Business Development News

First phase of Smale Riverfront Park on schedule, future phases hinge on funding

Smale Riverfront Park project manager Dave Prather walks us through the latest progress at the $120M construction site, and details what is to come for future phases. With critical mass now reached, opening of the central riverfront park is scheduled to take place in the coming months.

The first phase of construction on the $120 million Smale Riverfront Park is nearly complete. A handful of small construction pieces continue, but most large items have been finished. Project officials will open the first phase of the 45-acre central riverfront park in the coming months, and will celebrate the grand opening of the Moerlein Lager House on February 27, 2012.

“This summer we will continue working our way east with our connection to Paddle Wheel Park, Public Landing and other waterfront parks,” project manager Dave Prather detailed. “We expect that piece to be completed spring 2013 which is when we plan to proceed with construction of the boat dock.”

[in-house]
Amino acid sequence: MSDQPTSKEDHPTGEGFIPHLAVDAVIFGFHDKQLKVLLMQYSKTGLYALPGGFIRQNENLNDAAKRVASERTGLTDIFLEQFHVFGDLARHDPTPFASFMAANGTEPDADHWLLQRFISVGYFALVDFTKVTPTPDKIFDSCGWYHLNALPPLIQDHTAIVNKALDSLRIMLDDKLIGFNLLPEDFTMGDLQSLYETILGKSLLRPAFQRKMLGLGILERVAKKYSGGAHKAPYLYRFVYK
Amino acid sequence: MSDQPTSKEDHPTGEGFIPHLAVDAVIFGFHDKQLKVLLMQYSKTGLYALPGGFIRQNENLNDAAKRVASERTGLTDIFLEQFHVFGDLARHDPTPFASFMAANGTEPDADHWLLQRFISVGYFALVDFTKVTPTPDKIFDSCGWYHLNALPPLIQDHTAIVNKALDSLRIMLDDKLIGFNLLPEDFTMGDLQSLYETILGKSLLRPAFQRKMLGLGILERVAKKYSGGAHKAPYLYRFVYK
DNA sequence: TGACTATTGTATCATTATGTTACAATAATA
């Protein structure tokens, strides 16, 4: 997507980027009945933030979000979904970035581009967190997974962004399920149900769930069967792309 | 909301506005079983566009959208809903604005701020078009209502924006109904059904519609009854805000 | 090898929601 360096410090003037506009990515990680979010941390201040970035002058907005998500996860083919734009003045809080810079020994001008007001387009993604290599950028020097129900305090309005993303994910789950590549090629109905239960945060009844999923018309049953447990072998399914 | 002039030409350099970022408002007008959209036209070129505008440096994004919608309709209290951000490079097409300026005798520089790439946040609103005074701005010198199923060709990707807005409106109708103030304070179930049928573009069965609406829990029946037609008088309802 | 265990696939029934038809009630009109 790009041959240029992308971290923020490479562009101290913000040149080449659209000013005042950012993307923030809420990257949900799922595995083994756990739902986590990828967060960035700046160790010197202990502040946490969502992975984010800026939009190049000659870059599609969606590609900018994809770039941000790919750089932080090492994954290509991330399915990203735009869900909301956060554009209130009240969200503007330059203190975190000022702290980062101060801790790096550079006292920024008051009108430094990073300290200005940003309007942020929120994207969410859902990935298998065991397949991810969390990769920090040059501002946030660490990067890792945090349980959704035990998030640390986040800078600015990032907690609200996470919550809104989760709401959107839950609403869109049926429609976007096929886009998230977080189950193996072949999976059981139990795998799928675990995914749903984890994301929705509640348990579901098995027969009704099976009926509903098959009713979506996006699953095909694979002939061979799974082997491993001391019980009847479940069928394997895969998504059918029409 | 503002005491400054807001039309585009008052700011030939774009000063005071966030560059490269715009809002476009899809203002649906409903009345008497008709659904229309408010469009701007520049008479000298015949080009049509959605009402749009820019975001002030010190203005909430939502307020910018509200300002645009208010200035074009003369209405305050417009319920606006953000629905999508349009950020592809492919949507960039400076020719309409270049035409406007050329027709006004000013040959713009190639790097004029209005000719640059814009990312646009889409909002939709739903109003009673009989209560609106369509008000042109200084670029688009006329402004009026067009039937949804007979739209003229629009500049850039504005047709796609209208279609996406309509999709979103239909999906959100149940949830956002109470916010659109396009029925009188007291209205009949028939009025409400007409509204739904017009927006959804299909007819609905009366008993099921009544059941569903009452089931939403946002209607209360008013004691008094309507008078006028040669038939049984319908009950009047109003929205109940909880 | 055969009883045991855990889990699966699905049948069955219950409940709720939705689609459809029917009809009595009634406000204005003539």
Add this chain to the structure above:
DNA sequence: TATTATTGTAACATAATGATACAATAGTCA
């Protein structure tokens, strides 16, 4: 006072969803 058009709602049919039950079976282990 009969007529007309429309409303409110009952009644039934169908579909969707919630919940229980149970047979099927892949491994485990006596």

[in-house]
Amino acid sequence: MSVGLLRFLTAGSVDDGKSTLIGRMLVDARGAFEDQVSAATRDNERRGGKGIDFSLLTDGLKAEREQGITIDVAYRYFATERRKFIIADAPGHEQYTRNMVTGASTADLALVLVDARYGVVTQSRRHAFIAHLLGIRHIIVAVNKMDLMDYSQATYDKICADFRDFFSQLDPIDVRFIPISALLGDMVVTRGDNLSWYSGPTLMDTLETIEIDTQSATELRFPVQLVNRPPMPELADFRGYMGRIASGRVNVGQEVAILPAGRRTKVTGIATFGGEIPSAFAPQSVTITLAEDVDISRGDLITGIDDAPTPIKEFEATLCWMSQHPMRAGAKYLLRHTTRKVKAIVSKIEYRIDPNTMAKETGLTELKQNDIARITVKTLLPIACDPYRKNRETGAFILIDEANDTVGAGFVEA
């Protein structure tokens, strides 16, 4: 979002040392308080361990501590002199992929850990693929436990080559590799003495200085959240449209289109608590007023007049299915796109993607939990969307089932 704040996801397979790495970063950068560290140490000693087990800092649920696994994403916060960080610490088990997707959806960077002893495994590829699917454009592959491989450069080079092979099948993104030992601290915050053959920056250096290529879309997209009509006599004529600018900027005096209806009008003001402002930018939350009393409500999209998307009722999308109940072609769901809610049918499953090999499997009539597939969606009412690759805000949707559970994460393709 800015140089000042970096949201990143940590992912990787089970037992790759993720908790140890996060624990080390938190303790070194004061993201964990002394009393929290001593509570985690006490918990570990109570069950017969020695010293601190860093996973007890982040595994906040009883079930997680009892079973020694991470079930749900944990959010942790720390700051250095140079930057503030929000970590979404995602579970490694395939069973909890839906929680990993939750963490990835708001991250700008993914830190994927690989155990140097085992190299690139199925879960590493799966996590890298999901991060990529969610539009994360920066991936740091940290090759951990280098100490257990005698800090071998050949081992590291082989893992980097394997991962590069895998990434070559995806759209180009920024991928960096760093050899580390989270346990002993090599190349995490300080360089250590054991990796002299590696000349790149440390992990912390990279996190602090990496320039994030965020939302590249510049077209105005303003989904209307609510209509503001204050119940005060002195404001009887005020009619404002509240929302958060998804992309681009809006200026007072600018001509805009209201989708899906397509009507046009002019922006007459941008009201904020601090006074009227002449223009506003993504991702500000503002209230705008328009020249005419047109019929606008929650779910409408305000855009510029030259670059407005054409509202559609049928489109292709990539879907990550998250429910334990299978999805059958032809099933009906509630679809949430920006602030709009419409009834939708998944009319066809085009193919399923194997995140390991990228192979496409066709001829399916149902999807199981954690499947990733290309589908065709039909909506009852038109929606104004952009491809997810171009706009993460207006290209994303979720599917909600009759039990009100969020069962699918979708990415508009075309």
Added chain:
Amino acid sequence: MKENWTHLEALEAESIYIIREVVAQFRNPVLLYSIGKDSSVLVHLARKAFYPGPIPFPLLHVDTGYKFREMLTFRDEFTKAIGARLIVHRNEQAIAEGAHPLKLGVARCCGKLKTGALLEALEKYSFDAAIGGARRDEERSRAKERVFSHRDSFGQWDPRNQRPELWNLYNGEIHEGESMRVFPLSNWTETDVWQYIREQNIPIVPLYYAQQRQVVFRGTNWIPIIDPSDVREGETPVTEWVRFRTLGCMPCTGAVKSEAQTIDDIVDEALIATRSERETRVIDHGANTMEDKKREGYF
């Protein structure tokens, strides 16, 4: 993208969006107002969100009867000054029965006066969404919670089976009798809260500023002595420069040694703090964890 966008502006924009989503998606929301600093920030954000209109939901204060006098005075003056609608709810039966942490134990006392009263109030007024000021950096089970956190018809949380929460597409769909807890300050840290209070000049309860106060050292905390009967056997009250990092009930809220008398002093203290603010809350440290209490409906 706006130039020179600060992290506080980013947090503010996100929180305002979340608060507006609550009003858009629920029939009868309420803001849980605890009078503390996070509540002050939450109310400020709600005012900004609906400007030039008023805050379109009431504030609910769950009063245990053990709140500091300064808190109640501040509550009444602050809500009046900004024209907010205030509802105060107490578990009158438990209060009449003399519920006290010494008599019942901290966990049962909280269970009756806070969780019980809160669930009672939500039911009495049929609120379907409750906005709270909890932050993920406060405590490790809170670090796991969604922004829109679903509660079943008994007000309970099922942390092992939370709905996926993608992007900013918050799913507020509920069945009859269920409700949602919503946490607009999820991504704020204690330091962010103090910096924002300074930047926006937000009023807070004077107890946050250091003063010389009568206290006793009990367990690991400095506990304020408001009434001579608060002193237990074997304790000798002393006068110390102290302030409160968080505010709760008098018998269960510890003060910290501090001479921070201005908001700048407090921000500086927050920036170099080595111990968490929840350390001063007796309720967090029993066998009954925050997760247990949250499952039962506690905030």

In the latest video update on the project Prather also takes viewers inside the Moerlein Lager House for the first look at the second-floor Hudepohl Bar, and highlights the finishings inside the Beer Barons Hall of Fame.

Prather also highlighted the completion of the park’s geothermal system which will soon be operational and carrying one million gallons of 57-degree water through the system daily.

The bike runnels along the Walnut Street steps are now visible and will allow for bicyclists to easily transport their bikes down the staircase to the Bike & Mobility Center which is scheduled for an April 2012 opening. While much progress has been made on phase one, progress on future phases are still up in the air.

“We don’t think we will be able to proceed with construction further west for another couple of years,” explained Prather. “So it probably will be a 2014 or 2015 project, but it will depend on some federal authorizations and funding.”

By Randy A. Simes

Randy is an award-winning urban planner who founded UrbanCincy in May 2007. He grew up on Cincinnati’s west side in Covedale, and graduated from the University of Cincinnati’s nationally acclaimed School of Planning in June 2009. In addition to maintaining ownership and serving as the managing editor for UrbanCincy, Randy has worked professionally as a planning consultant throughout the United States, Korea and the Middle East. After brief stints in Atlanta and Chicago, he currently lives in the Daechi neighborhood of Seoul’s Gangnam district.